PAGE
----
My wife Jean, and I, returned last night (May 30, 2005) from a truly wonderful experience--three days among old friends from Jamesville-DeWitt. It meant a 3000 mile drive but it was more than worth it to find out what my old 'mates and tutors have been up to over this last half century.
I have heard from many who wanted to attend, but, for various reasons, could not be with us in DeWitt. For their benefit and for others with an interest in the early days at J-D, I herewith present a brief review of the festivities.
We arrived in Syracuse on Wednesday, May 25th. The next morning we were among the first to arrive at J-D to register and begin a tour of the school. Needless to say, things have changed since that day in 1954 when I, in great trepidation, first entered those hallowed halls. But one great thing hasn't changed--on both occasions, one of the first faces I saw was that of Mr. William FitzPatrick. He had been my home room teacher the previous year at Skytop and, like me, started his first day at J-D on September 13, 1954.
Bill--and he told me I was old enough now to call him that--attended the reunion with another early faculty member, Jim Hogue. Mr. Hogue taught shop and, with his wife, Peggy, accompanied the first class at J-D on their senior trip in 1955.
Cindy Strassenburgh, who struggled mightily to teach me music, was also present for the lunch which followed our tour. She is still active with choral work and had to hurry off to attend to some duties in that connection. Before she left, Mary Beth Williams led us in a rousing rendition of Ms. Strassenburgh's contribution to J-D's history: our Alma Mater.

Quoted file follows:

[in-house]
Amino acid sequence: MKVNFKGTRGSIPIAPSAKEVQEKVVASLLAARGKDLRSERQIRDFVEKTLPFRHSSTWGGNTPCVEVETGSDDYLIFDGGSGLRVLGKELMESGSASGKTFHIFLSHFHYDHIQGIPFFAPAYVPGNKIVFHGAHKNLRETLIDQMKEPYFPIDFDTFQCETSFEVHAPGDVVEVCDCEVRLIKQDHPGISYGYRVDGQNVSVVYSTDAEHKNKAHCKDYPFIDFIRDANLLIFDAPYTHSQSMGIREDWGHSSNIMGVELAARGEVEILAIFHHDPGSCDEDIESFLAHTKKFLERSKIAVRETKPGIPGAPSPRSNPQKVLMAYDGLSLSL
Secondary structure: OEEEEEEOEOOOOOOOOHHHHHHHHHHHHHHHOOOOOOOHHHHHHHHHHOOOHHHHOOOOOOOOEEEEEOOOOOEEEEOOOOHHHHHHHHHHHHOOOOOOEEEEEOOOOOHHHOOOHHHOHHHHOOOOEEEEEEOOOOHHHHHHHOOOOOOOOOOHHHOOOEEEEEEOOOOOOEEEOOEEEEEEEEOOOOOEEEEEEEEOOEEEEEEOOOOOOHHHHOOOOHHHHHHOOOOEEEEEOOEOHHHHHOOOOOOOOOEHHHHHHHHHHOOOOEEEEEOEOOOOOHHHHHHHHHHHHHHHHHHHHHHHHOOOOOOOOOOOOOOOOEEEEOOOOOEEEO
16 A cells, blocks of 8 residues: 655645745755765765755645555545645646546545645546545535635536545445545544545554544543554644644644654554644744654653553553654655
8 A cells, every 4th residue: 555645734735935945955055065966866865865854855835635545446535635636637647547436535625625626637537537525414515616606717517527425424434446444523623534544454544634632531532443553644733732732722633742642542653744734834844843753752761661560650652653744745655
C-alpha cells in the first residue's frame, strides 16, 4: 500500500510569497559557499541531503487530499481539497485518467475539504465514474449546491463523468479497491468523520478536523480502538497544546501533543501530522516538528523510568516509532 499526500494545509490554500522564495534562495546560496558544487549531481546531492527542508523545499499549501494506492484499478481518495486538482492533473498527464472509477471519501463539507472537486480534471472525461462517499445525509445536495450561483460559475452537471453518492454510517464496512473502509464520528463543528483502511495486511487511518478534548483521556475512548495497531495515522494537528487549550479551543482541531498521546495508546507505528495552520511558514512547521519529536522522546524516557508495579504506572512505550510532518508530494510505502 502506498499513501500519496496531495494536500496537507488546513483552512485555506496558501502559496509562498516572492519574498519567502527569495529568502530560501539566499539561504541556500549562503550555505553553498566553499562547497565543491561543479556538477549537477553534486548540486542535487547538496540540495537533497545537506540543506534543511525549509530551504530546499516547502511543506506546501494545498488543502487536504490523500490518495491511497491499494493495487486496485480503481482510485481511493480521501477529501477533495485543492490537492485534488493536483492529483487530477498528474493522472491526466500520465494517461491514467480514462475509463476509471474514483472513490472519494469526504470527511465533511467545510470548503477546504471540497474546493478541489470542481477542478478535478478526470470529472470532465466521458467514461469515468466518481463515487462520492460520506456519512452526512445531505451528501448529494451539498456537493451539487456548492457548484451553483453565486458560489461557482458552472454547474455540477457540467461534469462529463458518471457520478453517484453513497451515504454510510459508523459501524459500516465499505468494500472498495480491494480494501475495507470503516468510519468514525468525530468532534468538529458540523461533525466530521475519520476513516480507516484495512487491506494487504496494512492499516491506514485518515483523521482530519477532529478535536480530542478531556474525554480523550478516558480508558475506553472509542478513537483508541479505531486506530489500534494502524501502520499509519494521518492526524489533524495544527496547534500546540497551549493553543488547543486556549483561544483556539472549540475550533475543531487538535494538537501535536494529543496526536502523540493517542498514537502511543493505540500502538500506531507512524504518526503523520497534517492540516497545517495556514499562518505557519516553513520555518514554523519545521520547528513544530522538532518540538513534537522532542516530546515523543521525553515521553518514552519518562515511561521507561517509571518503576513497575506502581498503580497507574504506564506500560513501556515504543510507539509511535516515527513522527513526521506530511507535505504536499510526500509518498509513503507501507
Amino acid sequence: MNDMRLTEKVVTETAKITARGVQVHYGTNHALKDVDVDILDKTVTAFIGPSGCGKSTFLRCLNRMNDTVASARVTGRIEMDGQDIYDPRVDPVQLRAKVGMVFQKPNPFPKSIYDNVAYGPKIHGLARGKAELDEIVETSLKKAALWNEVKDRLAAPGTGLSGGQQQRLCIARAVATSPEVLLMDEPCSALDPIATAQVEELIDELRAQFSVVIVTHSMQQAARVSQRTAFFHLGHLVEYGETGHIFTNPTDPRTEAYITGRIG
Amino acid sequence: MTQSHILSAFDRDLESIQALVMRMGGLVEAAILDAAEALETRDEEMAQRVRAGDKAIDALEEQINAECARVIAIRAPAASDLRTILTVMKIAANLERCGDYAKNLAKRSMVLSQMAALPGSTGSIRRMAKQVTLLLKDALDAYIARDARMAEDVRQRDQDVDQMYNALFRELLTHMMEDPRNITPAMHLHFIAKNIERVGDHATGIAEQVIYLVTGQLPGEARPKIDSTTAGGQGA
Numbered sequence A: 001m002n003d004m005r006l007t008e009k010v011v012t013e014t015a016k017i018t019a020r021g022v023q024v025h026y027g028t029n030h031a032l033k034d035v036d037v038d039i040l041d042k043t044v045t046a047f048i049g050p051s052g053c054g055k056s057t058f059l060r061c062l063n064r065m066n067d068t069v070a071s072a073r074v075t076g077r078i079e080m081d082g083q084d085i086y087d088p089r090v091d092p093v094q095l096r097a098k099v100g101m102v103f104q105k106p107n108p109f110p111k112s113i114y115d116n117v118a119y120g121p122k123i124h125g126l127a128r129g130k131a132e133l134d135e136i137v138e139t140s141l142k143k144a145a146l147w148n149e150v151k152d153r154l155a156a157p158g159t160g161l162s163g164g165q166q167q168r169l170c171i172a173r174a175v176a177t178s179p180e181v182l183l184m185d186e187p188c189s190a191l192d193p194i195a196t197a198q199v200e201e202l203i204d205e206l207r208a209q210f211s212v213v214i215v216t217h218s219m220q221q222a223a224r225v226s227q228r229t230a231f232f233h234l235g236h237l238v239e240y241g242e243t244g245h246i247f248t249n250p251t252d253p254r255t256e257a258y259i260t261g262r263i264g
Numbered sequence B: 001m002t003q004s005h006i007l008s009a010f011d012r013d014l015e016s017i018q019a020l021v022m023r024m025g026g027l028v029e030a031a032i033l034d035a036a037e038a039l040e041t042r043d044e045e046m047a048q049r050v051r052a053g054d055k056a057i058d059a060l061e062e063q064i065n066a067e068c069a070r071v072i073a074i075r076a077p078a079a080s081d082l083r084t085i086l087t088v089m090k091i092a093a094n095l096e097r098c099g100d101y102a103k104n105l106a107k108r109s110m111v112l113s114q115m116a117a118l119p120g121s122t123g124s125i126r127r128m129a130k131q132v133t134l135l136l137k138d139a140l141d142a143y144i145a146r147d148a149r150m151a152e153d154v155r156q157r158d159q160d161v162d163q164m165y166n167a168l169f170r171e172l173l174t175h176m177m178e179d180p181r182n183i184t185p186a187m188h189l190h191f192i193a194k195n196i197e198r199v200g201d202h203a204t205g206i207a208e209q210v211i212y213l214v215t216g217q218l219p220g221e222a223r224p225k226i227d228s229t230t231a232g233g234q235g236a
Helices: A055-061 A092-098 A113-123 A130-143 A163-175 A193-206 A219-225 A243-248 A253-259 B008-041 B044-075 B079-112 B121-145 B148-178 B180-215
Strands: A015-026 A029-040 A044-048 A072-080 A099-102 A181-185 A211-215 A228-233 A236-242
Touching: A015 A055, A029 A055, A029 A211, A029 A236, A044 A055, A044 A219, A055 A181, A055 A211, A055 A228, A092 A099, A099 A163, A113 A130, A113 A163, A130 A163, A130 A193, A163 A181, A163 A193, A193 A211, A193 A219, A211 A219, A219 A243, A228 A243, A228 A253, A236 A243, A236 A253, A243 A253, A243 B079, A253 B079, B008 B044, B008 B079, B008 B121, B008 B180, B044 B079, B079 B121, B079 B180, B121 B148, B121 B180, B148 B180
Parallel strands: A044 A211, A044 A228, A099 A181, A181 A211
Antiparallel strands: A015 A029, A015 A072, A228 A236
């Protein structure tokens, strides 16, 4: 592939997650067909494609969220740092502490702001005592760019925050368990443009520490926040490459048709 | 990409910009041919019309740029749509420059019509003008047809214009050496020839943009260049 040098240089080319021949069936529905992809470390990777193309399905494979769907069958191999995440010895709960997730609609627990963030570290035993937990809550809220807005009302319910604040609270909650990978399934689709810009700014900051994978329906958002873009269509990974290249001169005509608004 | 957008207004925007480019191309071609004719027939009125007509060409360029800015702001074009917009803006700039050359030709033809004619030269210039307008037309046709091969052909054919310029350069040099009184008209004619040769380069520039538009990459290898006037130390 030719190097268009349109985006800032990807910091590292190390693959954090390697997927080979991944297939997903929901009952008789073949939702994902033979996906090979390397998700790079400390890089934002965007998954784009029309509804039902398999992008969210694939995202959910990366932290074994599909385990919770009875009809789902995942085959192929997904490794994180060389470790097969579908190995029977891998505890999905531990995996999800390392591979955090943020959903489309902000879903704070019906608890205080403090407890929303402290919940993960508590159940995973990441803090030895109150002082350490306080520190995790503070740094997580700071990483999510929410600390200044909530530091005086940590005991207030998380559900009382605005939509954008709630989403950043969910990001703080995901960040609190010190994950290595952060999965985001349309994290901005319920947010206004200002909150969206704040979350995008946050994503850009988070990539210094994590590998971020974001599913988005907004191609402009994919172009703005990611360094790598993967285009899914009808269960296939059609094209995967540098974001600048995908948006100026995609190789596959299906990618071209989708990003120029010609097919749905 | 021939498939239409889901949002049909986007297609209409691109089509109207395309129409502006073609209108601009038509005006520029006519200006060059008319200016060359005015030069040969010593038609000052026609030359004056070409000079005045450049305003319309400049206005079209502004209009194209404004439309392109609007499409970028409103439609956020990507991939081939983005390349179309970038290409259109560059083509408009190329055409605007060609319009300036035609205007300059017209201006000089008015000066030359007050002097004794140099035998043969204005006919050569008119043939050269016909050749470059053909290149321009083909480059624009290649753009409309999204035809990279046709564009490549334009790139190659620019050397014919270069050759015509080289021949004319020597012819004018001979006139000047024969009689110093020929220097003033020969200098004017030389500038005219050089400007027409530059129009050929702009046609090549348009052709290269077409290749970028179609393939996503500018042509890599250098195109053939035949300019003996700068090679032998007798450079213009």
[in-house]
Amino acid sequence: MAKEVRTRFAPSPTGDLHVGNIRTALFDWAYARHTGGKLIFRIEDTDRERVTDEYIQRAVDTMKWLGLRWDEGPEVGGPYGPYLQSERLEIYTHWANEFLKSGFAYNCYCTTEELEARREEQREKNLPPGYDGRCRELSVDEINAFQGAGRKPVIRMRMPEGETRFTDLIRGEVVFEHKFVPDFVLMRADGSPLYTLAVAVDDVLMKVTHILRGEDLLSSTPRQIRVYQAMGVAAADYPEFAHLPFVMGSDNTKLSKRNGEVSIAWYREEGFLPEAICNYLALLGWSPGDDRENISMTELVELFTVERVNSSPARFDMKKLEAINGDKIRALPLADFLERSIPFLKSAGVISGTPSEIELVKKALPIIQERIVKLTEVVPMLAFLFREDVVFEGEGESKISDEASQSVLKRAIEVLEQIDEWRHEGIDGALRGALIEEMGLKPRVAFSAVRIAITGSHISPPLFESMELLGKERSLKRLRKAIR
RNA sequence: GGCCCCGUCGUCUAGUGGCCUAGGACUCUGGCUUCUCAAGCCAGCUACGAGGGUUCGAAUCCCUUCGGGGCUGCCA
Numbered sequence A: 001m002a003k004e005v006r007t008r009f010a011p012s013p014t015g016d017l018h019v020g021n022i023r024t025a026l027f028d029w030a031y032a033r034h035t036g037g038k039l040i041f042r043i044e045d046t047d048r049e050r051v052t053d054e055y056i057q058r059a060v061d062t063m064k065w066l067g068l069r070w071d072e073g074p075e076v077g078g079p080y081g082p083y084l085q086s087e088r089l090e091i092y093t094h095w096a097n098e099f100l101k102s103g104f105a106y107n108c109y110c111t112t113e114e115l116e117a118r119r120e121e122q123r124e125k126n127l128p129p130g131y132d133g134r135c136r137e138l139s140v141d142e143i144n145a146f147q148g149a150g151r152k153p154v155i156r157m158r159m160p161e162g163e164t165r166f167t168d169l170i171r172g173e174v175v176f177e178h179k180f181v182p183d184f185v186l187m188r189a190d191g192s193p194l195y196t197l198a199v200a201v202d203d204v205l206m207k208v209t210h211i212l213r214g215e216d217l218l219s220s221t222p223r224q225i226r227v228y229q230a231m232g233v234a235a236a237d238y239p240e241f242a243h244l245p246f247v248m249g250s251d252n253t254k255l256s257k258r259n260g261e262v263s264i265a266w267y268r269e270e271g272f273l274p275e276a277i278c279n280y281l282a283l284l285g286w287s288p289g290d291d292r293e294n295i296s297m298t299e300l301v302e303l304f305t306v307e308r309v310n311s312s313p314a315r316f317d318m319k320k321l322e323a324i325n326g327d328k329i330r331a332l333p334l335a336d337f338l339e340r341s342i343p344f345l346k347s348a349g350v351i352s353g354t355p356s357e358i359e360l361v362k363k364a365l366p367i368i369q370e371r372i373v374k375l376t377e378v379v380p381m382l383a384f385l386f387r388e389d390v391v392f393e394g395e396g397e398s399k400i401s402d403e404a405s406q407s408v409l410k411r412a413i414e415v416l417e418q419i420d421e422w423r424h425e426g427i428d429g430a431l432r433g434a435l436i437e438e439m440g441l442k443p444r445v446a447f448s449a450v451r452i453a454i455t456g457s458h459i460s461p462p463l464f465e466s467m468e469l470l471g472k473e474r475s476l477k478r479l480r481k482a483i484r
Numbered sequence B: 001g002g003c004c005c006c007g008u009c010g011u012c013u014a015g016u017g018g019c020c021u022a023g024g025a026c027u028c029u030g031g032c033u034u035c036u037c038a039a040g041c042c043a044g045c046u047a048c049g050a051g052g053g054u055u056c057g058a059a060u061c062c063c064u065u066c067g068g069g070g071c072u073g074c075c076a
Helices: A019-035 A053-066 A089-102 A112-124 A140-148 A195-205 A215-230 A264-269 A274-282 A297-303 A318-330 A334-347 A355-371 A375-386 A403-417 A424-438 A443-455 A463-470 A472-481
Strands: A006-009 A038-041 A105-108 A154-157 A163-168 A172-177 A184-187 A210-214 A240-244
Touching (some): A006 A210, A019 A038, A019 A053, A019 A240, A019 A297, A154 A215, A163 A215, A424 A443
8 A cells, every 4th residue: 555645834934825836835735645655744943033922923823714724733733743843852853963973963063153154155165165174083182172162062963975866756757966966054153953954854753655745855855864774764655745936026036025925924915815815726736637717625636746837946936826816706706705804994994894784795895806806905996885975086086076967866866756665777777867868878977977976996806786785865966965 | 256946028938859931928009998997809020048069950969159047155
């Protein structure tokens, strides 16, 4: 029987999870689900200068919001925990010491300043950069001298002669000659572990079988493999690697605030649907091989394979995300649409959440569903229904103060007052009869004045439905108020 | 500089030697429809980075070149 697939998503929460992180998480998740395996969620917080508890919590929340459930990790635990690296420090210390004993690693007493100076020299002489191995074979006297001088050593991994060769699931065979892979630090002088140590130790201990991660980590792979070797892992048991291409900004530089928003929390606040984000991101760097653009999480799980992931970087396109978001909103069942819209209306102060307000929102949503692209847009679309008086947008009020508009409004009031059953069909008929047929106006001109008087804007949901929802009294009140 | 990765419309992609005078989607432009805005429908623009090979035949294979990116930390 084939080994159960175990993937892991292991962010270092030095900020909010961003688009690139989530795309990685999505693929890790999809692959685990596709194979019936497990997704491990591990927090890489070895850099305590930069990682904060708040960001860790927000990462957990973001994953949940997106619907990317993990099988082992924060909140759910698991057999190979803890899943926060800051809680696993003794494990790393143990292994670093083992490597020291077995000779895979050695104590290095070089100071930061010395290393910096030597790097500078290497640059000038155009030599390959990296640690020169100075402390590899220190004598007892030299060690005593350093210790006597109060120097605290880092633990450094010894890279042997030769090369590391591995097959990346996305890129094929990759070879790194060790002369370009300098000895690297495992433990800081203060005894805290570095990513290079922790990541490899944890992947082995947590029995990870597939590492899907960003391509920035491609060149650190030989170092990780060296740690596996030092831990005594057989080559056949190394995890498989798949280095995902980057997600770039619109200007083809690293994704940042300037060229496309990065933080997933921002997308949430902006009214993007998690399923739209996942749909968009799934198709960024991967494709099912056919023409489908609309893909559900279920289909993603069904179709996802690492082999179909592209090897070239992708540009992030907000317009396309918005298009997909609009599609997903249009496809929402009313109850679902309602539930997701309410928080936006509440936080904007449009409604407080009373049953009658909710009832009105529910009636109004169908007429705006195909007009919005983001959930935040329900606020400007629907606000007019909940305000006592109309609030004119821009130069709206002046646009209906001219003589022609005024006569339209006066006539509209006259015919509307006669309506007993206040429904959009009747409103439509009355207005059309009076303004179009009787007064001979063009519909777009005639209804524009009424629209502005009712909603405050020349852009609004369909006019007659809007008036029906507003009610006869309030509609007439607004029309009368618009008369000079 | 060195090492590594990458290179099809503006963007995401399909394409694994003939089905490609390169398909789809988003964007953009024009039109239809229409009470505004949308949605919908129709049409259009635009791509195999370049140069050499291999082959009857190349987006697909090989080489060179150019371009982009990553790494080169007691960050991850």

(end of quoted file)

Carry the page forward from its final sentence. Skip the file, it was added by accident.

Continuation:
For the first time, I got to meet Gloria Quadrini, my long time email correspondent. It is to Gloria, Nancy Bates Jones, Bill Applegate, Elaine Buckbee, Dave Stratton, Nancy Reals Freeman, and others on a committee of J-D alums that we remain indebted for the reunion. Their hard work made for a great occasion. They had taken care of everything and all we did was sit back and enjoy ourselves.
When I lived in Lyndon, I lived near Don Boyd and Bill Tily. I have corresponded many times with Don over the last few years but, until Thursday, I had not seen him or Bill since our days at J-D. We had a chance for a good visit about the old days at the two little schools in Lyndon. I knew Mrs. Tily--she used to be my classmate, Mary Smith--but it was my first chance to meet Joanne Boyd.
On Friday, we gathered for a picnic lunch at Green Lakes park in Fayetteville. Once again, all we had to do was show up as the reunion committee had everything in place for a great time. We were joined by some who had not made it in time for the previous day's tour. The weather was again perfect--and remained that way until late Saturday.